A Palm Beach County drug testing lab and 10 South Florida treatment centers worked together to fraudulently bill more than $141 million in unwarranted urine testing of drug addicts, Palm Beach County State Attorney Dave Aronberg said Tuesday.
Aronberg said 15 people have been arrested in Florida, increasing the total number of arrests by the county’s Sober Homes Task Force to 85 since 2016.
The task force coordinated its work with law enforcement in Pennsylvania, where 20 people have been arrested in connection with the scheme. Aronberg said it’s all part of the task force’s efforts to end the “Florida shuffle” that lures drug addicts to the Sunshine State with the promise of recovery but often ends up leaving them on the street when their insurance runs out.
“The Florida shuffle doesn’t end at the Florida border, and certainly not at the Palm Beach County border,” he said at an afternoon news conference. “Today sends a message that labs that engage in kickback schemes will not be able to hide behind corporate walls to conceal unlawful activity.”
Palm Beach County officials have unleashed a stampede of lawyers, health officials, police and rehab specialists to tackle the opioid epidemic that kills hundreds a year in Palm Beach County alone.
Owners of rogue sober homes have been arrested. Narcan, the nasal spray that halts an overdose, became widely used on patients by rescuers, and now can be purchased over the counter. And cities began hiring staff to work with people hooked on drugs, including Delray Beach, where the police department has its own social worker dedicated to the homeless and the addicted.
Contributing to the quantity and intensity of overdoses was the increased usage of fentanyl, a synthetic painkiller 100 times more potent than morphine, and carfentanil, 10,000 times stronger than morphine.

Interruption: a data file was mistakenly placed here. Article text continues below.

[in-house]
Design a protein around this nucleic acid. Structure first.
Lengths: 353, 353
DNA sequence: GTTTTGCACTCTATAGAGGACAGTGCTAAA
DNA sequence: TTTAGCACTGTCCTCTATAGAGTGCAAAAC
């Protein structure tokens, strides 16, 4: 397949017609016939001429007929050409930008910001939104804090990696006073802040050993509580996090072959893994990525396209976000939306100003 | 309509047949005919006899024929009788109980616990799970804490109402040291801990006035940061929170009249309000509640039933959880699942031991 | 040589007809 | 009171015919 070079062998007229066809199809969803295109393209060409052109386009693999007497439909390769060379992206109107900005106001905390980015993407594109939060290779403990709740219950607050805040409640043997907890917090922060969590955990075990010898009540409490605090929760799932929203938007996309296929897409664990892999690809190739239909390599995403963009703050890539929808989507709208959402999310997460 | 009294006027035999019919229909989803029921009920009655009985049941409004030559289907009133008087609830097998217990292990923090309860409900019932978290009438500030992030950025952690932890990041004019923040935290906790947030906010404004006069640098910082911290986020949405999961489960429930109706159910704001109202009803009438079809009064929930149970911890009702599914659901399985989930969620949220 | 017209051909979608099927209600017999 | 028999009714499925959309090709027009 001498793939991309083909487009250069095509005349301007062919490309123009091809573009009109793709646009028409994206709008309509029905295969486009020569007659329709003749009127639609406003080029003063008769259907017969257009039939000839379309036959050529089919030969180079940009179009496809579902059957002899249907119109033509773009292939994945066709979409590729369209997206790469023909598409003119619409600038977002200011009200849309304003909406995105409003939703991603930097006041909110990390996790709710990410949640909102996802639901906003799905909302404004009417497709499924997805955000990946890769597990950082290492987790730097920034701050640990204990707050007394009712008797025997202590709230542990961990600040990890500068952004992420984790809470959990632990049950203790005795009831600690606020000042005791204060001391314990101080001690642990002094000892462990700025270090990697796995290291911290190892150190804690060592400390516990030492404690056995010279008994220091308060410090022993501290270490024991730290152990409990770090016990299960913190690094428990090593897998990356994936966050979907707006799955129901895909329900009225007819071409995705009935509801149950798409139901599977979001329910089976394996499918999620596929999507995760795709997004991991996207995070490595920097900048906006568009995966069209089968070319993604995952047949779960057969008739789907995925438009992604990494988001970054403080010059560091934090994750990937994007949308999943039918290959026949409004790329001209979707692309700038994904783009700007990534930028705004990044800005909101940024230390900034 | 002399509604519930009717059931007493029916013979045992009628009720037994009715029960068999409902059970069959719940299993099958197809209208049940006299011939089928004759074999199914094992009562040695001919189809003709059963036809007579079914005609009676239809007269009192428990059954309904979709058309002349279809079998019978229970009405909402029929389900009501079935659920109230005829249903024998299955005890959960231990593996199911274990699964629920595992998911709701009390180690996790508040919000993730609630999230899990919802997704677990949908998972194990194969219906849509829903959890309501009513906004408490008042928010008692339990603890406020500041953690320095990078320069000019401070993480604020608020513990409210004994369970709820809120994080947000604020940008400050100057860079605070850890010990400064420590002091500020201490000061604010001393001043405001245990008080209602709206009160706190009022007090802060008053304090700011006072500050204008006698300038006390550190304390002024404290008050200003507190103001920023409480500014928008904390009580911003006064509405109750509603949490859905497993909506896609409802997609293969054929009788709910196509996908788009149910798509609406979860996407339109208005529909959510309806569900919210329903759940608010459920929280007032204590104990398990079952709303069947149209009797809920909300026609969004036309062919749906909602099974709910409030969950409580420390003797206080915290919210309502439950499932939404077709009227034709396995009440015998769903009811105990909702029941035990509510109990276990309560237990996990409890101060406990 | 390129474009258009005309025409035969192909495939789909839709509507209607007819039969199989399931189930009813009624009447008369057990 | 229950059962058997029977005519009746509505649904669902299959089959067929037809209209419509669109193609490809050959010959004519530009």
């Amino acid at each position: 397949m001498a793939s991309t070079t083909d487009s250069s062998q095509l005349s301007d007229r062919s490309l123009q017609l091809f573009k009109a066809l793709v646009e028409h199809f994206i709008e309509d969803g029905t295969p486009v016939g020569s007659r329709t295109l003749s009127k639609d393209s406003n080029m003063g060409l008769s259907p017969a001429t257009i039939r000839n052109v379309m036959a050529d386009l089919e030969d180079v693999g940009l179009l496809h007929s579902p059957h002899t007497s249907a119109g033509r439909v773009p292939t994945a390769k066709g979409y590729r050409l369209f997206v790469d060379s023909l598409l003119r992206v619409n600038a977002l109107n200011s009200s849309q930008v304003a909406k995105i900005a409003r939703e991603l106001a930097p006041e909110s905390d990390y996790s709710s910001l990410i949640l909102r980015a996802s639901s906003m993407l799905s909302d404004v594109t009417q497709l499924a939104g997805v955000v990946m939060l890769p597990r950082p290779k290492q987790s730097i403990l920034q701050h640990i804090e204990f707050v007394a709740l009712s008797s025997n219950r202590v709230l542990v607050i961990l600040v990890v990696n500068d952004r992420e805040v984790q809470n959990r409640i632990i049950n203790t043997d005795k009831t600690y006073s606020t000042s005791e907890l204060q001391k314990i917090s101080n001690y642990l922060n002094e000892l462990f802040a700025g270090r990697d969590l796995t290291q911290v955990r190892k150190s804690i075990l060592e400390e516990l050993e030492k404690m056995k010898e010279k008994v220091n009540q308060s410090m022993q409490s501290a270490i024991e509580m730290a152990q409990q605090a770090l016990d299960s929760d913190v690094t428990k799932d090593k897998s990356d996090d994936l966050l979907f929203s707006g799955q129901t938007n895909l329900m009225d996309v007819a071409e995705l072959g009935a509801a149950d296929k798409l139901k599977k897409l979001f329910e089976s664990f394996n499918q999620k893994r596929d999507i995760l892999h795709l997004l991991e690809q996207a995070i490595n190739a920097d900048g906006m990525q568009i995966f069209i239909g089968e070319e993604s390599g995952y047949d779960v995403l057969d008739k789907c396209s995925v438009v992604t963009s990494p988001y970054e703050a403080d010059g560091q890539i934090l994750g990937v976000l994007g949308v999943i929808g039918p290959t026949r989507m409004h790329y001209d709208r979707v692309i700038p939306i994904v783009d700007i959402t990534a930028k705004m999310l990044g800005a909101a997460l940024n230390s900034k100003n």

The epidemic led to an influx of addicted people to Palm Beach County. Touting the chance of recovery in the sunshine, private providers recruited out-of-state patients with lucrative insurance plans to South Florida.
The county created a task force to tackle problematic sober homes, similar to halfway houses, where the formerly drug addicted transition back into society. Officials discovered fraud and abuse at many homes in Palm Beach County and began arresting unscrupulous owners for health-care fraud and illegal patient brokering.
Almost three years after Palm Beach County officials set out to combat the epidemic, it looks like their efforts are paying off: The State Attorney’s Office reports there were 326 opioid deaths in 2018, down from 558 in 2017. That’s a 41 percent decline.
When the crisis started in 2012, 143 deaths were attributed to these addictive prescription drugs. Then there were 189 deaths in 2014, and 307 in 2015. They hit a peak of 569 in 2016.
The 15 people arrested last week were charged with patient brokering and conspiracy, Aronberg said. He said Coastal Laboratory LLC billed $141 million in urine testing from 2015 to 2017 and kicked back at least $6.2 million to 12 drug treatment centers in Florida and Pennsylvania that referred their patients.
Coastal Laboratory managing member Thomas Stanley was among those arrested. He couldn’t be reached for comment Tuesday.
Palm Beach County Sheriff’s Detective Mark Berey said the Lake Park lab performed extra, unnecessary tests on each urine sample so the owners could get more money from insurance companies. He said 30 percent to 50 percent of the money they got from each test was kicked back to the treatment centers.
“This is the largest scheme we’ve discovered,” Aronberg said. He said the 15 arrested will be prosecuted in Palm Beach County.
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